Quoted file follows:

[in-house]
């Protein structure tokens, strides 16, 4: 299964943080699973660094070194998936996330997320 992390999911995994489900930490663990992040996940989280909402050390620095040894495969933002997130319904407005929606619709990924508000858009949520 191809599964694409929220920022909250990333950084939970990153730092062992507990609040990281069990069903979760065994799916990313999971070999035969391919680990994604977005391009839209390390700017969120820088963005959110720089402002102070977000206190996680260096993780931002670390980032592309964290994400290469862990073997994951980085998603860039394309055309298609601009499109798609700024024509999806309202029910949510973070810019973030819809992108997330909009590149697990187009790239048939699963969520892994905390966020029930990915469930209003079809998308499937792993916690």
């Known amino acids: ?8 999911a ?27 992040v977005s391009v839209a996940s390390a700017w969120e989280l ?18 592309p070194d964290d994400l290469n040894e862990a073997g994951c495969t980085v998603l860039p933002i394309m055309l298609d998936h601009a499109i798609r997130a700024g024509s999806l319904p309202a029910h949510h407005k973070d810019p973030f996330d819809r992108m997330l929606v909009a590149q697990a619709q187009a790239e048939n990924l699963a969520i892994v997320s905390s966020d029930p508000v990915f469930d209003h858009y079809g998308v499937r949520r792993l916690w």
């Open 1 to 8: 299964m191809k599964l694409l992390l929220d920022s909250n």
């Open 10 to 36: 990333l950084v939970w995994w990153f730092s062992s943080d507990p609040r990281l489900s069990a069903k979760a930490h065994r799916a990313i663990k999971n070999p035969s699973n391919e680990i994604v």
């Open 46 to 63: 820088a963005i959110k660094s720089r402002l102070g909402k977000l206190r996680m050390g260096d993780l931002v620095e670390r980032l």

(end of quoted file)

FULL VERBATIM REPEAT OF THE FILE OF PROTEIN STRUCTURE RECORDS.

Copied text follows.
[in-house]
């Protein structure tokens, strides 16, 4: 299964943080699973660094070194998936996330997320 992390999911995994489900930490663990992040996940989280909402050390620095040894495969933002997130319904407005929606619709990924508000858009949520 191809599964694409929220920022909250990333950084939970990153730092062992507990609040990281069990069903979760065994799916990313999971070999035969391919680990994604977005391009839209390390700017969120820088963005959110720089402002102070977000206190996680260096993780931002670390980032592309964290994400290469862990073997994951980085998603860039394309055309298609601009499109798609700024024509999806309202029910949510973070810019973030819809992108997330909009590149697990187009790239048939699963969520892994905390966020029930990915469930209003079809998308499937792993916690």
């Known amino acids: ?8 999911a ?27 992040v977005s391009v839209a996940s390390a700017w969120e989280l ?18 592309p070194d964290d994400l290469n040894e862990a073997g994951c495969t980085v998603l860039p933002i394309m055309l298609d998936h601009a499109i798609r997130a700024g024509s999806l319904p309202a029910h949510h407005k973070d810019p973030f996330d819809r992108m997330l929606v909009a590149q697990a619709q187009a790239e048939n990924l699963a969520i892994v997320s905390s966020d029930p508000v990915f469930d209003h858009y079809g998308v499937r949520r792993l916690w």
């Open 1 to 8: 299964m191809k599964l694409l992390l929220d920022s909250n």
């Open 10 to 36: 990333l950084v939970w995994w990153f730092s062992s943080d507990p609040r990281l489900s069990a069903k979760a930490h065994r799916a990313i663990k999971n070999p035969s699973n391919e680990i994604v």
């Open 46 to 63: 820088a963005i959110k660094s720089r402002l102070g909402k977000l206190r996680m050390g260096d993780l931002v620095e670390r980032l």